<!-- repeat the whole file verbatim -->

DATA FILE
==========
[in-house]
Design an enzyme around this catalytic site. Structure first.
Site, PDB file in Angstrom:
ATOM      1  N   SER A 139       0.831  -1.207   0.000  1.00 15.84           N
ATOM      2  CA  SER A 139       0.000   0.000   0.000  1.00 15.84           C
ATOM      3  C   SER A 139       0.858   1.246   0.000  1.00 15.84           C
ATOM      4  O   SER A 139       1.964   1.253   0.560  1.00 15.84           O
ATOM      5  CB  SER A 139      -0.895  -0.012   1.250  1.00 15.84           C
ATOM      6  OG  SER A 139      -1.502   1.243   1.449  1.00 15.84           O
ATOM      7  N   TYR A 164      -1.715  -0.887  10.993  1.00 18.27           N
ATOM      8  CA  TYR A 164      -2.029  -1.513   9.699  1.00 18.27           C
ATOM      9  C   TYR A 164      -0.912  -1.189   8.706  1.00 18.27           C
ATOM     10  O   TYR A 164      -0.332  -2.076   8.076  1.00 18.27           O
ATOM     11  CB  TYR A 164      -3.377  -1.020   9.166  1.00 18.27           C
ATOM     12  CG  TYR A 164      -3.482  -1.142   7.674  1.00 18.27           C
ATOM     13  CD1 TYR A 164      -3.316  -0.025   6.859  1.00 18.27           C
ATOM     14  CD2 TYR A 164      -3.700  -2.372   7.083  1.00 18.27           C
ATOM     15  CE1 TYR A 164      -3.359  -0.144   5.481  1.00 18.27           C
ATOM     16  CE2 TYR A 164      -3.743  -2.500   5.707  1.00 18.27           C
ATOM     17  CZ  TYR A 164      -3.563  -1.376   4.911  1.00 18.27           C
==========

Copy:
[in-house]
Design an enzyme around this catalytic site. Structure first.
Site, PDB file in Angstrom:
ATOM      1  N   SER A 139       0.831  -1.207   0.000  1.00 15.84           N
ATOM      2  CA  SER A 139       0.000   0.000   0.000  1.00 15.84           C
ATOM      3  C   SER A 139       0.858   1.246   0.000  1.00 15.84           C
ATOM      4  O   SER A 139       1.964   1.253   0.560  1.00 15.84           O
ATOM      5  CB  SER A 139      -0.895  -0.012   1.250  1.00 15.84           C
ATOM      6  OG  SER A 139      -1.502   1.243   1.449  1.00 15.84           O
ATOM      7  N   TYR A 164      -1.715  -0.887  10.993  1.00 18.27           N
ATOM      8  CA  TYR A 164      -2.029  -1.513   9.699  1.00 18.27           C
ATOM      9  C   TYR A 164      -0.912  -1.189   8.706  1.00 18.27           C
ATOM     10  O   TYR A 164      -0.332  -2.076   8.076  1.00 18.27           O
ATOM     11  CB  TYR A 164      -3.377  -1.020   9.166  1.00 18.27           C
ATOM     12  CG  TYR A 164      -3.482  -1.142   7.674  1.00 18.27           C
ATOM     13  CD1 TYR A 164      -3.316  -0.025   6.859  1.00 18.27           C
ATOM     14  CD2 TYR A 164      -3.700  -2.372   7.083  1.00 18.27           C
ATOM     15  CE1 TYR A 164      -3.359  -0.144   5.481  1.00 18.27           C
ATOM     16  CE2 TYR A 164      -3.743  -2.500   5.707  1.00 18.27           C
ATOM     17  CZ  TYR A 164      -3.563  -1.376   4.911  1.00 18.27           C